What is also important is that drivers who are offering the ride hailing service are not formal employees of the ride hailing company. These drivers use their own vehicles and work whenever they wish as ride hailing drivers, receive technology and information provided by the ride hailing company, and share their revenues from passengers with the company. In other words, each driver is in some sense a small business owner who is engaged in a gig economy. This means that countless gig economy drivers are leveraging on the platforms based on big data and AI analysis built by the ride hailing companies. They receive information that has undergone data analysis from the platform and use it to offer ride hailing services to passengers, while simultaneously contributing back to the platform via the information provided during the commute. Passengers who use these ride hailing services will also rate their commuting experience after their ride. These ratings will be used to evaluate the gig economy drivers and will have an impact on their future income.
Commuters are also connected through the Internet, through which they exchange information on their commuting experience. After exchanging information with one another, the apps of ride hailing companies with positive ratings are selected for use by the commuters (consumers). The aggregation of these choices made by commuters forms the brand value of each ride hailing service. As a result of this, commuters will repeatedly use the services of platforms with high brand value. The gig economy drivers, who are the service providers in this system, will also switch to platforms with high brand value. This leads to a snowball effect for the large-scale companies in the industry.
However, it is not only brand value that matters. Indeed, commuters tend to select platforms with high ratings and whose service has a high brand value. However, if the selected platform is unable to promptly dispatch a vehicle, it may not generate any revenue. In order for vehicles to be promptly dispatched, it is necessary to forecast demand in advance using AI based on big data. As a result, the competition between platforms boils down to not only a direct competition of the number of vehicles they own, but also their ability to refine their management of these vehicles.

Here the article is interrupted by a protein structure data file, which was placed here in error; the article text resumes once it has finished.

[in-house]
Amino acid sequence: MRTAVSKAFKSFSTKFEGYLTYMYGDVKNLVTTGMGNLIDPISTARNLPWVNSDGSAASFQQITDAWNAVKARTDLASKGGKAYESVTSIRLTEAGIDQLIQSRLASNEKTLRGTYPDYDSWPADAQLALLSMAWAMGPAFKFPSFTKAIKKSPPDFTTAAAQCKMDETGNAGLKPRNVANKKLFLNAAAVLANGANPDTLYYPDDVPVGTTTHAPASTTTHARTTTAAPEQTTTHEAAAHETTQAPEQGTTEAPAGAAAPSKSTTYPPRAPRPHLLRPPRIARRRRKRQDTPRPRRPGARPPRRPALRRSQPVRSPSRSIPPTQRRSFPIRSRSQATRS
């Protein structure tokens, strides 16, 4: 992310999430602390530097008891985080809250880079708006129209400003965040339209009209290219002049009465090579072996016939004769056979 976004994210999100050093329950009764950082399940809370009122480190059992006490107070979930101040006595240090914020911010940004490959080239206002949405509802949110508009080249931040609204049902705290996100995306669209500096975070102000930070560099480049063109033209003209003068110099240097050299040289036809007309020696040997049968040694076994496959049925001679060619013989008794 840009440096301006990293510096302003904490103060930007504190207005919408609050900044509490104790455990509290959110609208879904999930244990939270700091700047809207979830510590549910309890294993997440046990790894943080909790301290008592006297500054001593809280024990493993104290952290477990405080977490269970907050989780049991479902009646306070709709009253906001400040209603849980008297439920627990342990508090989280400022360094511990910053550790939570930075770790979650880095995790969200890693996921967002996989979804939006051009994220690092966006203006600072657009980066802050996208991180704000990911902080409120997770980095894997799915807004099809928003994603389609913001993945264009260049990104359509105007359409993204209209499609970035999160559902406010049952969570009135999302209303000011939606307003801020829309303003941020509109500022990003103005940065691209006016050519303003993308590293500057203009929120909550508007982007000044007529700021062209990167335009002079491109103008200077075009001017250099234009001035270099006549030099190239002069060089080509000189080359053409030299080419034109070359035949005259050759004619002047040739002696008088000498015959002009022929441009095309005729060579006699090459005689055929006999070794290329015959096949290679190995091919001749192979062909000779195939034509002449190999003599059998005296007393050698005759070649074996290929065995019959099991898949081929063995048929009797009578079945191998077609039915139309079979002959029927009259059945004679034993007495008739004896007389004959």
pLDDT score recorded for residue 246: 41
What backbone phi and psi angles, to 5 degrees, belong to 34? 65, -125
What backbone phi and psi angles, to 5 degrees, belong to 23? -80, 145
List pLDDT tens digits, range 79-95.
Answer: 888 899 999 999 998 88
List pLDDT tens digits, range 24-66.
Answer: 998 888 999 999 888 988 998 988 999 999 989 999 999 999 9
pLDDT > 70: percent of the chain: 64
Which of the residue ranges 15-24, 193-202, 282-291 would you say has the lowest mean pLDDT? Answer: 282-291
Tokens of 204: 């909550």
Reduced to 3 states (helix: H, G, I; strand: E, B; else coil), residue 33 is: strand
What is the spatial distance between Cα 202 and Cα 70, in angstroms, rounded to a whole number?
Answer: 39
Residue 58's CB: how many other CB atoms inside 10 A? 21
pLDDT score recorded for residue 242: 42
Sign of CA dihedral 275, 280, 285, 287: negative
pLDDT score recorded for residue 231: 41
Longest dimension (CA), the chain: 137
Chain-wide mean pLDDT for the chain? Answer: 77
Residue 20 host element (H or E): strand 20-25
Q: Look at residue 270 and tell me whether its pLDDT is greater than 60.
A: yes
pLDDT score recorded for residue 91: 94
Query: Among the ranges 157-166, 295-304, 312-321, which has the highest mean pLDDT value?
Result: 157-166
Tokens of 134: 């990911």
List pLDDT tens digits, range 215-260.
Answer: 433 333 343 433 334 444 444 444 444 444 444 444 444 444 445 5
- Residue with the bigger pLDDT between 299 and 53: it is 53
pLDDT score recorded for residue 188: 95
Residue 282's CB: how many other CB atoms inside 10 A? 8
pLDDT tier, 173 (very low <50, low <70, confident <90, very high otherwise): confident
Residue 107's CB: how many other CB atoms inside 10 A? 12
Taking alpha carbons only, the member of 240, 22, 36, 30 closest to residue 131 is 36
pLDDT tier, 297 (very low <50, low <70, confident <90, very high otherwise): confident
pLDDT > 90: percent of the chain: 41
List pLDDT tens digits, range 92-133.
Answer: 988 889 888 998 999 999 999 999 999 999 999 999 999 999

Furthermore, regardless of the accuracy of the forecasted demand, revenue is not always guaranteed. To generate revenue, it is essential to meet this demand with adequate supply, i.e., to attract gig economy drivers to participate in this dynamic platform and offer their services. These drivers are not limited to offering their services on any single platform. They have access to multiple platforms in order to select the platform that benefits them the most. The key to this system is the concept of dynamic pricing. If the price is too high, consumers will not purchase the service. On the other hand, if it is too low, revenues will decline. There have been concerns regarding the setting of exploitative prices by platforms. However, the “price” may not always reflect the “value” of the service in the mind of users. While the “price” is set before the user uses the service, the “value” is based on the user’s experience after using the service, which will in turn influence the “price” the next time he/she uses the service. In other words, as long as the price is less than the user’s experiential value, it does not constitute “exploitation.”
Relationship with the taxi industry
Needless to say, the rising popularity of ride hailing has greatly affected the traditional taxi industry. In particular, at the height of its proliferation in 2014-2015, in Europe in particular, it was referred to as the “enemy of the taxi industry,” accused of being “destructive,” and was the target of strong resistance.
In the taxi industry, drivers are employed by taxi companies and protected by labor laws, while ride hailing companies regard their drivers as “service providers without formal employment relationships,” and as such they are ineligible for protection under labor laws. As a result, taxi companies are obliged to satisfy minimum wage requirements and offer the relevant social insurance and welfare pensions, which put them at a disadvantage in terms of labor expenses. Furthermore, the vehicles of taxi drivers are assets of the taxi companies, but in the case of ride hailing, the vehicles are privately owned by the drivers and all expenses related to vehicle maintenance are not borne by the ride hailing companies.